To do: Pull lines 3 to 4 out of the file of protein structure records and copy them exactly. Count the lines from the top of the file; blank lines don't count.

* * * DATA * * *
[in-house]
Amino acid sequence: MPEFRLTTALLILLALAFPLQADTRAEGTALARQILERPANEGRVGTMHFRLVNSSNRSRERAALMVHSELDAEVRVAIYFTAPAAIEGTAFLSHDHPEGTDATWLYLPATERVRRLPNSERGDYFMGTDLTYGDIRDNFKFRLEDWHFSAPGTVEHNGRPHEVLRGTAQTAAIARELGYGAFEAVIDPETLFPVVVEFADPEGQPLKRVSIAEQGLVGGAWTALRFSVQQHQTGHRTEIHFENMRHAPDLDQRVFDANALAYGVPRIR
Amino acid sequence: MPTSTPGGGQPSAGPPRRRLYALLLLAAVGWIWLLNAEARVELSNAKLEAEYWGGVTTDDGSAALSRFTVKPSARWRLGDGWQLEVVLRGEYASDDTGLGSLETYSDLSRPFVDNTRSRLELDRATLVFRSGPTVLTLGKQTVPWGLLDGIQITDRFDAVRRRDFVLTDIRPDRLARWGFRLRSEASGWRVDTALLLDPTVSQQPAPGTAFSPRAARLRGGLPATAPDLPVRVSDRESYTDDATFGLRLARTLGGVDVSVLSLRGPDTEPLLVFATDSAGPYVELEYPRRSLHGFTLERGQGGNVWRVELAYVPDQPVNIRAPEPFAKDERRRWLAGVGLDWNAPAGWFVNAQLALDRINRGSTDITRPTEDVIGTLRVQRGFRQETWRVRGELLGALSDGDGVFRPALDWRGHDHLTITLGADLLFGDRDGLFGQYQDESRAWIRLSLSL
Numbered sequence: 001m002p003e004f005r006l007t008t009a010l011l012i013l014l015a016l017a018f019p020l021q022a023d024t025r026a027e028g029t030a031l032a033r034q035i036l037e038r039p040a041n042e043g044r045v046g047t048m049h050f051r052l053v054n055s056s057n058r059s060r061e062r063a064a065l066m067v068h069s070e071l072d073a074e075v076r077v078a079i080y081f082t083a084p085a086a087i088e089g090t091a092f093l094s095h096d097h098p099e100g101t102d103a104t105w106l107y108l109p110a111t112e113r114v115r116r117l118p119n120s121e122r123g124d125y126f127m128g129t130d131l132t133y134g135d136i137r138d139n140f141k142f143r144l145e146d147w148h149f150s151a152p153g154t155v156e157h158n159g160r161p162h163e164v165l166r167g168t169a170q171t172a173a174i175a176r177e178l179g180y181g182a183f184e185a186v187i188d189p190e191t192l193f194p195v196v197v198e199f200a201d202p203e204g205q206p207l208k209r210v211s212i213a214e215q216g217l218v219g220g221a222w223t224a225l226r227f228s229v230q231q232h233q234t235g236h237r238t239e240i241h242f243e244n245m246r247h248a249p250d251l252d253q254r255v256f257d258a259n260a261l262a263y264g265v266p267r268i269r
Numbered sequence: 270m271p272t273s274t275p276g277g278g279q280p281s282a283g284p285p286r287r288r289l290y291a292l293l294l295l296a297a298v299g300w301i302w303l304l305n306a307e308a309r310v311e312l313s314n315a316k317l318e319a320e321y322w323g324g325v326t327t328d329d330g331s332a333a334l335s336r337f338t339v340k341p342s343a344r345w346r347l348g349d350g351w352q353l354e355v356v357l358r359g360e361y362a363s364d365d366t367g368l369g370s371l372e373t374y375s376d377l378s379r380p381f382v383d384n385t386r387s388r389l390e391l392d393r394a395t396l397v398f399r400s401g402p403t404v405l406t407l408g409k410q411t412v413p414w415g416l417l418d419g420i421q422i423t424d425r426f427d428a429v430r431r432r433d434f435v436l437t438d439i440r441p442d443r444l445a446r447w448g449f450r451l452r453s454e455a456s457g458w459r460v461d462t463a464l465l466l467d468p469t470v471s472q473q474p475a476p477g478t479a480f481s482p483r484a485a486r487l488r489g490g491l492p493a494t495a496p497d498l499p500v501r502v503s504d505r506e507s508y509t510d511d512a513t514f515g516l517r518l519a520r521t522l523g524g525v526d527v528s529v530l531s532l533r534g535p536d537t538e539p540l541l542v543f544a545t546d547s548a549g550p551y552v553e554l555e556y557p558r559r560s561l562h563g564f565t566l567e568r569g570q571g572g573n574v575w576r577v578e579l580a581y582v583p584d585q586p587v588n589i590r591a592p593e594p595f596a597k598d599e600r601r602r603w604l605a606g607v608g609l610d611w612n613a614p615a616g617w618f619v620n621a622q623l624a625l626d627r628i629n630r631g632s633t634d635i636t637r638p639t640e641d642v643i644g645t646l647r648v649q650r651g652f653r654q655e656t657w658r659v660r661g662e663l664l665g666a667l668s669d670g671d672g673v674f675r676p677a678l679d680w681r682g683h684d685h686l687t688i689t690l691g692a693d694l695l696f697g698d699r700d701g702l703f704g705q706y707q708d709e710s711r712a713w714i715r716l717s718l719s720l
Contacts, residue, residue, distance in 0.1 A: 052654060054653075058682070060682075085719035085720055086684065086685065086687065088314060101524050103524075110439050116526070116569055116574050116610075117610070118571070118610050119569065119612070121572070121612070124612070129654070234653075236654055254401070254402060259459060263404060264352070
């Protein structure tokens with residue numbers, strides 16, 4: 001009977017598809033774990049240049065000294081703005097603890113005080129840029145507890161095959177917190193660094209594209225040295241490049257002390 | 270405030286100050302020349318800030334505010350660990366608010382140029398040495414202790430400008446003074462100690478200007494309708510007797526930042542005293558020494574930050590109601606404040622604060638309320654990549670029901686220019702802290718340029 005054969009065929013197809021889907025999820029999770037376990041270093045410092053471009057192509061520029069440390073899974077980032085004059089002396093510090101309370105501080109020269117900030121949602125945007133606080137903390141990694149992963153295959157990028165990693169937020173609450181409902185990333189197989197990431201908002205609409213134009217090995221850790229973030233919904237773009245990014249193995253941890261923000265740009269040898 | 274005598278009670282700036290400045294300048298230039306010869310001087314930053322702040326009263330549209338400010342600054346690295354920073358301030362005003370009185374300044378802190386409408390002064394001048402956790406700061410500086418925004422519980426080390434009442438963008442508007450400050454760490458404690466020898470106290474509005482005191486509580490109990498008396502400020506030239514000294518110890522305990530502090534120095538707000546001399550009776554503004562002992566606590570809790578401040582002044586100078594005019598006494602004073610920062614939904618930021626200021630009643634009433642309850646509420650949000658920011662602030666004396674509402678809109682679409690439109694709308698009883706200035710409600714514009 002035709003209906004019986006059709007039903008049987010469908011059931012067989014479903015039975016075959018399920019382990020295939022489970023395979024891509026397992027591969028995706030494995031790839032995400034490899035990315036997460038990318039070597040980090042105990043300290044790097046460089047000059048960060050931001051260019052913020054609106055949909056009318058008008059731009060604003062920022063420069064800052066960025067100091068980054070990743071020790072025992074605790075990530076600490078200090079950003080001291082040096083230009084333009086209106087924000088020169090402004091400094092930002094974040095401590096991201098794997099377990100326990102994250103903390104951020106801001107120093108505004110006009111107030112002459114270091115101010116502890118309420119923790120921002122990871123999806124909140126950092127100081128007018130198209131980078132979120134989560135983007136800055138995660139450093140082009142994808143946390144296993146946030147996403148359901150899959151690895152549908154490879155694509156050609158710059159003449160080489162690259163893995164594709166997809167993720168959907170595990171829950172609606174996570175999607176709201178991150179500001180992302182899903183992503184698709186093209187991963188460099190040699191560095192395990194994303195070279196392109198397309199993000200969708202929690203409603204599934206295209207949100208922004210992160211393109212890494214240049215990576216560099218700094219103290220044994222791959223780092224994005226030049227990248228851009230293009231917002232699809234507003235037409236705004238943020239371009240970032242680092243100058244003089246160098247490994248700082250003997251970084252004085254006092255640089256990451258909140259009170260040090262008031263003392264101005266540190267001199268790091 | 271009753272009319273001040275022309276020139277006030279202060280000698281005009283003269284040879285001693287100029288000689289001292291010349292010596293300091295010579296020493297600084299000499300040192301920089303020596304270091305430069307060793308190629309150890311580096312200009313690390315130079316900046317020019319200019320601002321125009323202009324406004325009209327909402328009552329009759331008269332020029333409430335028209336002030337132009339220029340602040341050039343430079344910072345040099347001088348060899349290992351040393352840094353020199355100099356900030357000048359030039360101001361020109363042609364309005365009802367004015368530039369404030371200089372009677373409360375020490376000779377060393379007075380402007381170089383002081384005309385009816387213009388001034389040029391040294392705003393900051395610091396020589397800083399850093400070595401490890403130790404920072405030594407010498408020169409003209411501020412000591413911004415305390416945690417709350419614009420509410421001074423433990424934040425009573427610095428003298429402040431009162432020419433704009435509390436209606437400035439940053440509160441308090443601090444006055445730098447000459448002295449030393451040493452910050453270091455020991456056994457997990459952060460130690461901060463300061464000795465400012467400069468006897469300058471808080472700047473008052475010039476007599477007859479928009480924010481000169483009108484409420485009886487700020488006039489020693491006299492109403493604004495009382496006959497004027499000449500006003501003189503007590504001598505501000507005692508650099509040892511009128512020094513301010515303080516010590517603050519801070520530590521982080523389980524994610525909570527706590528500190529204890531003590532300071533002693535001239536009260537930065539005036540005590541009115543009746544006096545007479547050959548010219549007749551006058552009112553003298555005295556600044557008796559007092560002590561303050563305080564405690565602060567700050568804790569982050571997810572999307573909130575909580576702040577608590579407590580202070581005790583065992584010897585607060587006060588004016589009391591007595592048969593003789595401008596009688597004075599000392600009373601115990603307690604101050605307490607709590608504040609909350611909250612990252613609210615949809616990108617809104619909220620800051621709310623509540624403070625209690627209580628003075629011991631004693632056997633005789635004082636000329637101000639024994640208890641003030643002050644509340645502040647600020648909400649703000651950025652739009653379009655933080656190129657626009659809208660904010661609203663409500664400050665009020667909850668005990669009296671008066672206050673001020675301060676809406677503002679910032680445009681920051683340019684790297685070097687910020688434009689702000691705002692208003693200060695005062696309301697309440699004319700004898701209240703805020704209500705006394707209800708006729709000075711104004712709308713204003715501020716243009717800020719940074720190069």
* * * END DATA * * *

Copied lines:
Amino acid sequence: MPTSTPGGGQPSAGPPRRRLYALLLLAAVGWIWLLNAEARVELSNAKLEAEYWGGVTTDDGSAALSRFTVKPSARWRLGDGWQLEVVLRGEYASDDTGLGSLETYSDLSRPFVDNTRSRLELDRATLVFRSGPTVLTLGKQTVPWGLLDGIQITDRFDAVRRRDFVLTDIRPDRLARWGFRLRSEASGWRVDTALLLDPTVSQQPAPGTAFSPRAARLRGGLPATAPDLPVRVSDRESYTDDATFGLRLARTLGGVDVSVLSLRGPDTEPLLVFATDSAGPYVELEYPRRSLHGFTLERGQGGNVWRVELAYVPDQPVNIRAPEPFAKDERRRWLAGVGLDWNAPAGWFVNAQLALDRINRGSTDITRPTEDVIGTLRVQRGFRQETWRVRGELLGALSDGDGVFRPALDWRGHDHLTITLGADLLFGDRDGLFGQYQDESRAWIRLSLSL
Numbered sequence: 001m002p003e004f005r006l007t008t009a010l011l012i013l014l015a016l017a018f019p020l021q022a023d024t025r026a027e028g029t030a031l032a033r034q035i036l037e038r039p040a041n042e043g044r045v046g047t048m049h050f051r052l053v054n055s056s057n058r059s060r061e062r063a064a065l066m067v068h069s070e071l072d073a074e075v076r077v078a079i080y081f082t083a084p085a086a087i088e089g090t091a092f093l094s095h096d097h098p099e100g101t102d103a104t105w106l107y108l109p110a111t112e113r114v115r116r117l118p119n120s121e122r123g124d125y126f127m128g129t130d131l132t133y134g135d136i137r138d139n140f141k142f143r144l145e146d147w148h149f150s151a152p153g154t155v156e157h158n159g160r161p162h163e164v165l166r167g168t169a170q171t172a173a174i175a176r177e178l179g180y181g182a183f184e185a186v187i188d189p190e191t192l193f194p195v196v197v198e199f200a201d202p203e204g205q206p207l208k209r210v211s212i213a214e215q216g217l218v219g220g221a222w223t224a225l226r227f228s229v230q231q232h233q234t235g236h237r238t239e240i241h242f243e244n245m246r247h248a249p250d251l252d253q254r255v256f257d258a259n260a261l262a263y264g265v266p267r268i269r